As a school year like no other in recent memory winds to a close, Niagara Falls School District officials are already looking ahead to the fall.
Superintendent Mark Laurrie told members of the school board that plans for reopening the schools in the fall are being addressed. Among options being looked at is a plan to have students come to school on alternating days.
Laurrie addressed board concerns about the plan, primarily if the state would hold the district to the standard 180-day learning. Instead, kids who came to school on one day would do socially distanced learning on the second day, which would count for their attendance in school. Over the summer, school cleaners will be working to disinfect schools as much as possible before the return of students in the fall.
Before the cleaning, students and teachers will be able to go to their schools next week to pick up any belongings they might need. A staggered schedule will be established for students to clean out lockers and laptops.
Laurrie also talked about the district’s meal program. As of the meeting, they had served more than 240,865 meals across the district.
As for the district’s learning packets. Laurie said there are more than 140 students, less than 2% districtwide, who have not been received the learning packets which were given out. Though, Laurrie is sure they might have moved away, he does want to make sure they are able to learn.
“77% of our homes have technology, 23 percent report that they don’t,” Laurrie said. “We’ll update that monthly. The problem with that 77 percent, as I’ve shared before, often times that’s one device in a home of five people. That’s one device that has a learning data that’s quite outdated, and that’s one device that has to be shared amongst many students. We have issued to date, 120 laptops to high school students, starting with AP College level seniors, juniors, sophomores, and freshman.”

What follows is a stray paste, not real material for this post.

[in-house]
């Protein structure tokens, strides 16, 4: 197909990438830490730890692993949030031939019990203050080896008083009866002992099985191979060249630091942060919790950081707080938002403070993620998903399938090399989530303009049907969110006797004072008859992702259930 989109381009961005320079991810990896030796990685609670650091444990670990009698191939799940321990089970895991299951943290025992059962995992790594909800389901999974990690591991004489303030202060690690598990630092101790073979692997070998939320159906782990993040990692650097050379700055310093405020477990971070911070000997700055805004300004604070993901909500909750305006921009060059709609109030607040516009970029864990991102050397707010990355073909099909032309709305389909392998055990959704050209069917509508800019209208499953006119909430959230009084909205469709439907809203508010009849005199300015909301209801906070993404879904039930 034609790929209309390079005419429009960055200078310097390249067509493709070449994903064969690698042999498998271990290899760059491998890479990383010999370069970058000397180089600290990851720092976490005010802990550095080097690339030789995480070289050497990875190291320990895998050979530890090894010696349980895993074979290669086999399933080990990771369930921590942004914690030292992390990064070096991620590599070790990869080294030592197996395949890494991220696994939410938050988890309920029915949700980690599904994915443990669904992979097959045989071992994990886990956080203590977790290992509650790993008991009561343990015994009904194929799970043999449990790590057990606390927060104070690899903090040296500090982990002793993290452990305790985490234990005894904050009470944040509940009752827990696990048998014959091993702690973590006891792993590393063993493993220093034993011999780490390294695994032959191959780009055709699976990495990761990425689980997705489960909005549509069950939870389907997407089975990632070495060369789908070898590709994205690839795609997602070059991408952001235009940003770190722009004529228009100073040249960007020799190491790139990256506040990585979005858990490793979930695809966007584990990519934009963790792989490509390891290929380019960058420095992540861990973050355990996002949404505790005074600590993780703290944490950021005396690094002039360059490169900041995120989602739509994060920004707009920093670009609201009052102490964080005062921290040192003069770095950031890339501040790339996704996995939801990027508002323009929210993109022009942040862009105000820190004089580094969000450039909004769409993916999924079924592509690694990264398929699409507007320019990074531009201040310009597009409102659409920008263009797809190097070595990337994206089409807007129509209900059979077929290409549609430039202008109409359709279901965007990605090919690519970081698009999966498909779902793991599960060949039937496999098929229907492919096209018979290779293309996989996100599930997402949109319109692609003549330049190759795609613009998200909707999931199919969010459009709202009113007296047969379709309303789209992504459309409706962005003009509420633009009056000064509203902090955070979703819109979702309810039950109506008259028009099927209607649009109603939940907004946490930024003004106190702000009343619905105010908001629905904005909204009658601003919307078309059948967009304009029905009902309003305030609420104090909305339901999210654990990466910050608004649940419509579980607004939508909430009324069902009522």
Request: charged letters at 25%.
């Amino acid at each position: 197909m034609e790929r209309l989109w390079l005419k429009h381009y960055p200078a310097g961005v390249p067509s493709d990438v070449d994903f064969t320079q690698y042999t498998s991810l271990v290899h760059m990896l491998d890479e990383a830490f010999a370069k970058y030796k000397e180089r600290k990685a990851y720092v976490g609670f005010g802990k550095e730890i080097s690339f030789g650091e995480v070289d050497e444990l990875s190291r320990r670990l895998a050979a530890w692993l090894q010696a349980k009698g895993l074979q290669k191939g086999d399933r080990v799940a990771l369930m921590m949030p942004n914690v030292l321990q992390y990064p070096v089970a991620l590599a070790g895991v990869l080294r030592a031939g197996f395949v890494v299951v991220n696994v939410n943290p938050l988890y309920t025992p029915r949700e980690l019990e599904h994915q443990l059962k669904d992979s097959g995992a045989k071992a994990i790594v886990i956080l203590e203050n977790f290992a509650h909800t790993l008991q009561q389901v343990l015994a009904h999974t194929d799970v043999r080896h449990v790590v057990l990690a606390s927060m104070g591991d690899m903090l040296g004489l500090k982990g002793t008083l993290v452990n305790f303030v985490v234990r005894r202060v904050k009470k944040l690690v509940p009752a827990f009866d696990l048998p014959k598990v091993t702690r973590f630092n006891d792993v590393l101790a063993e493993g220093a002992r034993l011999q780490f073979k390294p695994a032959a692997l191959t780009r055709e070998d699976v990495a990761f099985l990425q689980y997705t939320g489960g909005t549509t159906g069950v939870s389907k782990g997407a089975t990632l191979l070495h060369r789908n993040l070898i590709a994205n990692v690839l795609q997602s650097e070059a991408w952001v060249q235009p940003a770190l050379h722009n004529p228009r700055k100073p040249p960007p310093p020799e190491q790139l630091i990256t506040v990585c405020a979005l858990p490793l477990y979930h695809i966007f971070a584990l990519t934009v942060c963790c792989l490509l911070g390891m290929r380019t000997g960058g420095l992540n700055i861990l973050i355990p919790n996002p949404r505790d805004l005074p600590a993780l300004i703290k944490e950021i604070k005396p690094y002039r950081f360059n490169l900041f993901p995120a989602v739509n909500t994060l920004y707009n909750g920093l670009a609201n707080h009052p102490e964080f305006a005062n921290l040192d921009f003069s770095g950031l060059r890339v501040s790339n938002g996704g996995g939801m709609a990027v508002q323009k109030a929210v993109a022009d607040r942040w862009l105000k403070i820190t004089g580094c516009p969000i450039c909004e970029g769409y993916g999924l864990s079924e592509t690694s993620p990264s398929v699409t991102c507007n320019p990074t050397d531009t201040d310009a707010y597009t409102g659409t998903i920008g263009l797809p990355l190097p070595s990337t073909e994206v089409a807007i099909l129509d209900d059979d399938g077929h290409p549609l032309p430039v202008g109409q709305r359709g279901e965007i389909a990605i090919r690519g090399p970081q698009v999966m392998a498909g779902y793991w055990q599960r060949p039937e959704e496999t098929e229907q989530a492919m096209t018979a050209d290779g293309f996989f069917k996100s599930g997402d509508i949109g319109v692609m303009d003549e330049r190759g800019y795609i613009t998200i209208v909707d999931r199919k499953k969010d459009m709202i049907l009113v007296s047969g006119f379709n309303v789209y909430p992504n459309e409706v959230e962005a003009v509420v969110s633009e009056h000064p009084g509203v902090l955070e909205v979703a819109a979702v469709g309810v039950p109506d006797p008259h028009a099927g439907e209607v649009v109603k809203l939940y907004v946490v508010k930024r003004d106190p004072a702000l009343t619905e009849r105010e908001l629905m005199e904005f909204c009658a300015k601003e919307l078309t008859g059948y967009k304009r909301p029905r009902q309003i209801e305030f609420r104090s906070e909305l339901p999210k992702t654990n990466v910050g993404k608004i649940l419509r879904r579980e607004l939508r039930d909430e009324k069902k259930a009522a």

More than 500 laptops will be provided to pre-K and kindergarten students for the learning that will occur over the summer. Laurie was worried about internet access among students but this has not been much of an issue. There has been a no-harm grading policy for students who have been turning in work throughout this time.
The plan for summer school is to have it virtually. Laurrie said some of the subjects that will be taught are Algebra, Living Environment, Global Studies and U.S. history. He added their will not be any summer camps for this year but said there will be limited summer offerings to offer students a break from socially distanced-learning.
He also announced that no money has been lost over the course of the pandemic, though Gov. Andrew Cuomo announced possible budget cuts in April.
“The governor’s executive order said, if revenues don’t come in at a certain amount, he has the right three times during the year to cut us, and he said up to 20 percent,” Laurrie told board members. “Well, the date and time came and past and he has yet to give us any new information. So, you’re saying what if he cuts us and you’ve already approved a $153 million budget. My answer to you then is we will need to tell you where we are going to save the money on a cut and use extreme discipline not to spend over the new number.”
A special meeting will be held on May 28 for people to speak, via phone or submitted comments about the district’s budget, code of conduct, building level safety plans, and district-wide comprehensive safety plans. The election for the school board and budget will be held on June 9 by a mail-in vote, with a statutory meeting on June 10.